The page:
I've spent my morning actually knitting instead of posting so this post will be quick. I'm working on my IK Caramel (or in my case Blueberry) Cap Sleeve Top. A couple of days ago, I finished the knitting, and between last night and this morning, I did a lot of the finishing. I had to seam the sleeves and the sides and then do a round of single crochet around the whole thing. That took quite a while. I've still got to weave in the ends, make buttonholes and sew on between 10 and 12 buttons. Yuck! Anyway, here it is:

Sorry that the photo is so blurry but when I use my flash with this yarn, it reflects off of the yarn because it's so shiny. It fits a little weird because the neckline is so wide, but I think I just need to make an adjustment or two and it will work out fine. As I mentioned before, it's very heavy, though.

A couple of weeks ago, I returned a bunch of yarn to elann that I decided I didn't like, so I had a decent credit on my account that I've been itching to spend. Well, on Tuesday, they introduced a 100% linen yarn (Linus) that comes in sort of so so colors, but I liked the white enough, so I bought enough to make the Slit Front Tank from IK. It's a free pattern available on their website. I've wanted to make this for quite some time, but haven't found the right yarn. Well, here it is - the right yarn! It's much softer than a lot of linen yarns that I've felt, so we'll see how it goes.

I've taken on a new job this week. So, in addition to working my regular internship and grading papers for two classes, I'm also doing research 15 hours per week for a professor. That should keep me occupied this summer, huh?

Who's planning on being at Rebecca's tomorrow? I know I am.

Thursday, June 08, 2006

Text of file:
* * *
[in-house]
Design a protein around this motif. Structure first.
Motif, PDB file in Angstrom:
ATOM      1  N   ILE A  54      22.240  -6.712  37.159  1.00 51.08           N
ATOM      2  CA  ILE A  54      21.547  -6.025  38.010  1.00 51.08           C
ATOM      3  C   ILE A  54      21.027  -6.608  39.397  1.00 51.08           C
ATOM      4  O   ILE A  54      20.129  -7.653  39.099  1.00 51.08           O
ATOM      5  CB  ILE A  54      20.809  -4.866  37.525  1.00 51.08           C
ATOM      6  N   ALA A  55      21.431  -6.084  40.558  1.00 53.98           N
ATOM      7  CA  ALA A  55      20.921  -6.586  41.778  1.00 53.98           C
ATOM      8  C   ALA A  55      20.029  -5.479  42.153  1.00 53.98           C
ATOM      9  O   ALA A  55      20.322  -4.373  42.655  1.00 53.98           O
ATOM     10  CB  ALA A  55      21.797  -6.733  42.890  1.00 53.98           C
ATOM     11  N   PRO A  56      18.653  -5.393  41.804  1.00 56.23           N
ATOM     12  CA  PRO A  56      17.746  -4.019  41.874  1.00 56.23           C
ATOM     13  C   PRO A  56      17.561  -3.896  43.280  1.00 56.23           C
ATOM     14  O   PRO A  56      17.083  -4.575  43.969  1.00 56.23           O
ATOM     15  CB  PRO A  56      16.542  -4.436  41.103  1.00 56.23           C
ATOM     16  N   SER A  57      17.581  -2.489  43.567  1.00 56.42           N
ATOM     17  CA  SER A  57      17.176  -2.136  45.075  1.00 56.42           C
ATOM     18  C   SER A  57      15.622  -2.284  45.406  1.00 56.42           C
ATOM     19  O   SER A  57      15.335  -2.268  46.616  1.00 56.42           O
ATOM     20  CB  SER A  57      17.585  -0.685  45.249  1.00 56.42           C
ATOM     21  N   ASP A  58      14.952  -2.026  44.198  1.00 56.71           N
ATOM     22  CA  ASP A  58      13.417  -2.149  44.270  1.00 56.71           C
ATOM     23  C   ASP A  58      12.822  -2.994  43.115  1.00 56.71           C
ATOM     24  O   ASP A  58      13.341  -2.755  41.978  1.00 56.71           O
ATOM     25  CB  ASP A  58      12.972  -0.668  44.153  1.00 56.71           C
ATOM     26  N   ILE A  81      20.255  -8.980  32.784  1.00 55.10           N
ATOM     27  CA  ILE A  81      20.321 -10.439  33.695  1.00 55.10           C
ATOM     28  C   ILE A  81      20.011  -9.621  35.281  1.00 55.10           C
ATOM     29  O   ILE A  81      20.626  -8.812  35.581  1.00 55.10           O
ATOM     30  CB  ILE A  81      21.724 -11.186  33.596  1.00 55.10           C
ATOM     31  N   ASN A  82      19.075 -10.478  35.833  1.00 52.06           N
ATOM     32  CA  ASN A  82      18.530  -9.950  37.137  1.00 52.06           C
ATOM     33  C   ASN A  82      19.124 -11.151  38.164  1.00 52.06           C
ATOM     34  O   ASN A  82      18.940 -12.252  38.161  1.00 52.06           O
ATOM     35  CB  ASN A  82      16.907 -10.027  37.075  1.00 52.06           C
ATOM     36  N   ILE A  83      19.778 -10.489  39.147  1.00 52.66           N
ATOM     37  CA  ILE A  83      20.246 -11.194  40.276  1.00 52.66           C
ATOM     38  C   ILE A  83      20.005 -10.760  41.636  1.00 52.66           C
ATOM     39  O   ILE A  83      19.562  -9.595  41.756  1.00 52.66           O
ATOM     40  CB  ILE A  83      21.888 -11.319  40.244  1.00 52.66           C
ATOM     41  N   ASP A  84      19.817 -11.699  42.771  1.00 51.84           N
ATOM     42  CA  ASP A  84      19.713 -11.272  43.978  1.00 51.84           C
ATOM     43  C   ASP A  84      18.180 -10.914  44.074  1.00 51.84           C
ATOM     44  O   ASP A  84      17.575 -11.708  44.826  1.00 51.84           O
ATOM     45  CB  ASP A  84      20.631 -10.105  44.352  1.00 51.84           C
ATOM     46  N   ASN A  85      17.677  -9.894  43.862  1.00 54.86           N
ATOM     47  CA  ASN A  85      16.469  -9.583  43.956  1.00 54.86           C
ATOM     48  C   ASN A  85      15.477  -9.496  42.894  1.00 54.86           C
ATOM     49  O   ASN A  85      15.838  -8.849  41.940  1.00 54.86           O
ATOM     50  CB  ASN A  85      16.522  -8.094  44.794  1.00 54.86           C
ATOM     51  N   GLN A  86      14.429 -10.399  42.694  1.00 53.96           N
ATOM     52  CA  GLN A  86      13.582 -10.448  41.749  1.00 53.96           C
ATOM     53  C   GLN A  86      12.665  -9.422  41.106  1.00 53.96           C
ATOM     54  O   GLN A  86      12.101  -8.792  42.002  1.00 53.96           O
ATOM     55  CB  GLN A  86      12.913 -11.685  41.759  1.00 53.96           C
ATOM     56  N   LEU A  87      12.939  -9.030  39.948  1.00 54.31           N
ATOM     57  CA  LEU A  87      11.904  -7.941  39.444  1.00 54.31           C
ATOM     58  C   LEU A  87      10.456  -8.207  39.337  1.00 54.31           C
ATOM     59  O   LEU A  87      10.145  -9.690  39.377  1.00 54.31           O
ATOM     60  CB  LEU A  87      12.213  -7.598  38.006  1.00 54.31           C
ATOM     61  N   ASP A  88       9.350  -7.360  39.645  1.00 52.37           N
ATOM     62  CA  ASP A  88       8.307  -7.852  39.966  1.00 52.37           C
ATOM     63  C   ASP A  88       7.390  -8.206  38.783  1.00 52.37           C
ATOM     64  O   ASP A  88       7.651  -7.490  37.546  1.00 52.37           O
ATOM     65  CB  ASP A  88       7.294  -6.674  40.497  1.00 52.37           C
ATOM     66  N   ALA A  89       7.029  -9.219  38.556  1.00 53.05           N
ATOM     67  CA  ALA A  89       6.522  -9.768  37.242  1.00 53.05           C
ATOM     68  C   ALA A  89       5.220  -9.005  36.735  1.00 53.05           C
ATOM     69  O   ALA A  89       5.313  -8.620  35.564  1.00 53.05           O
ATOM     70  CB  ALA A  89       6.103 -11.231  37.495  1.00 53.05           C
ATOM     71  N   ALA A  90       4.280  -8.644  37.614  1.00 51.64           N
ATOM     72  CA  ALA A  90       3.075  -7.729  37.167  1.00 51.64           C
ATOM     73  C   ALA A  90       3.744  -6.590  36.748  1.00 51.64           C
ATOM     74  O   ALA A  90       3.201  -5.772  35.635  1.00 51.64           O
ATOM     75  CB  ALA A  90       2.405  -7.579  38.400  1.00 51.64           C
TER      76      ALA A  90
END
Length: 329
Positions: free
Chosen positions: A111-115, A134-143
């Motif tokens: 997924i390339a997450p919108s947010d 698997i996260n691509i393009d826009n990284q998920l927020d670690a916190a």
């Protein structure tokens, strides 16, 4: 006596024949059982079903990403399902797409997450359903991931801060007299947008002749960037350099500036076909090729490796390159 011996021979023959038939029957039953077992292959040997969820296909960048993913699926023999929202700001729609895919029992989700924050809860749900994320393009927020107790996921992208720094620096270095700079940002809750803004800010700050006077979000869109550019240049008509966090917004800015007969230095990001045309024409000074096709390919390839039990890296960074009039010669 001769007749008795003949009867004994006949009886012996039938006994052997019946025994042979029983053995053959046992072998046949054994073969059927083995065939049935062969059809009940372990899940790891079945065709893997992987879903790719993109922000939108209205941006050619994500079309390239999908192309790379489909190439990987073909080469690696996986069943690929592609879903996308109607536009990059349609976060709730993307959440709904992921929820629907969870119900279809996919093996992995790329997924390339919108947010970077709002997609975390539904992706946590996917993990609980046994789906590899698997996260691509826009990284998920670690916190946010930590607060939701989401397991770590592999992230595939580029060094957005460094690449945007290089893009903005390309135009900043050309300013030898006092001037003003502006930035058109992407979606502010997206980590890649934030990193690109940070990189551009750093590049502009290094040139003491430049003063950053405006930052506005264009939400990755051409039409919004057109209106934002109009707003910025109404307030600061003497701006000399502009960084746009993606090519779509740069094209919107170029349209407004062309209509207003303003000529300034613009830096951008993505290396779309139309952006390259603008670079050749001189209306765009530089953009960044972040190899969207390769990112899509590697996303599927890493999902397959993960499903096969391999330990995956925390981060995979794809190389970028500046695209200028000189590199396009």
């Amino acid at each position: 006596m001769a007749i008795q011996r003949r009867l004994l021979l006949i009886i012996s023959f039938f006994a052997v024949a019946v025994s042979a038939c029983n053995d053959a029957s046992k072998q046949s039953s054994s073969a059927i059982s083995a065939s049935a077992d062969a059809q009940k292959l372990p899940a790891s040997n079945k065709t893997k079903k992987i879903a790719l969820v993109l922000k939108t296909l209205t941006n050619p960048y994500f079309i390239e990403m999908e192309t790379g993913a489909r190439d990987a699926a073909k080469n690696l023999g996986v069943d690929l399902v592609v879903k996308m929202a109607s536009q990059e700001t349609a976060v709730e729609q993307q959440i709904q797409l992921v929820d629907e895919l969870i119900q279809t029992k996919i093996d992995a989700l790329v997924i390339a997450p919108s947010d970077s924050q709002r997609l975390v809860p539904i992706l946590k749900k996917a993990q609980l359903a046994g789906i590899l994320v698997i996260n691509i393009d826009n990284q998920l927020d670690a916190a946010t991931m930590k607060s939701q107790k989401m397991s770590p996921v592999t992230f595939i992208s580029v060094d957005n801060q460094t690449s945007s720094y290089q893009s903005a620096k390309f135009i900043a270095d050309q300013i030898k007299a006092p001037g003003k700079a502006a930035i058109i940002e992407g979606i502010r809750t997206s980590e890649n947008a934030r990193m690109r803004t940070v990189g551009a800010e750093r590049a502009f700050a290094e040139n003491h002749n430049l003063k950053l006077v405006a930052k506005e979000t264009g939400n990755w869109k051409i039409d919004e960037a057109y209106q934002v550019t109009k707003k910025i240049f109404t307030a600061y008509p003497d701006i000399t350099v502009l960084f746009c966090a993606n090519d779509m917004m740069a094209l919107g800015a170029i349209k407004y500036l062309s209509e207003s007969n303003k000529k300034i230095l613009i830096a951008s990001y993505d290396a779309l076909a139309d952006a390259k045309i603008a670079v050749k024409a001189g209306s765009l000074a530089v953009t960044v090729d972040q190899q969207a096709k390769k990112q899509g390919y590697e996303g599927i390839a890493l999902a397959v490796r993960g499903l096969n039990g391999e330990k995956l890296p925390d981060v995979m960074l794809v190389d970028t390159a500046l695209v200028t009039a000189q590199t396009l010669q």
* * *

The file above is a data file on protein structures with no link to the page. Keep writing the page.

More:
When last I wrote about my partnership with the WRS I described the difficult time we were having due to my wandering eye and my philandering fingers. Since that time there has been a new development. On Saturday, Mr. Chart decided he had enough of my cheating ways and left me. I immediately hired Lefteria Handious (a/k/a Leftie) to find Mr. Chart. After several minutes of searching Leftie found Mr. Chart behind my bookshelf. After returning Mr. Chart to me I knit one row and then tried to teach Mr. Chart a lesson by working on a summer tank top for the rest of my knitting time. Mr. Chart remained in place up to last night. After some considerable trouble with one of my flings, I decided to work another row of WRS. Mr. Chart was duly helpful with this and did just what I wanted him to do, however, when the row was finished and I put WRS and Mr. Chart back in the pile of UFO beside my sofa I heard the noise of paper encased in plastic hitting hard wood floors. He did it again! Mr. Chart tried to leave me fo a second time in one week! Leftie was immediately hired again to track my fleeing partner. Leftie conducted a preliminary search and could not locate Mr. Chart, so Leftie brought in her sister, Rightia Handious ("Rightie"). Rightie insisted on searching behind the bookcase, even though Leftie found nothing. Between Rightie and Leftie the bookshelf was moved and Mr. Chart was discovered over 1/2 behind the bookshelf, further than he had made it before. Mr. Chart was again brought home to me, but what Mr. Chart seems to forget is that he is, in fact, only a working clone of the original pattern which is safely tucked away on the very bookshelf that he was hiding behind.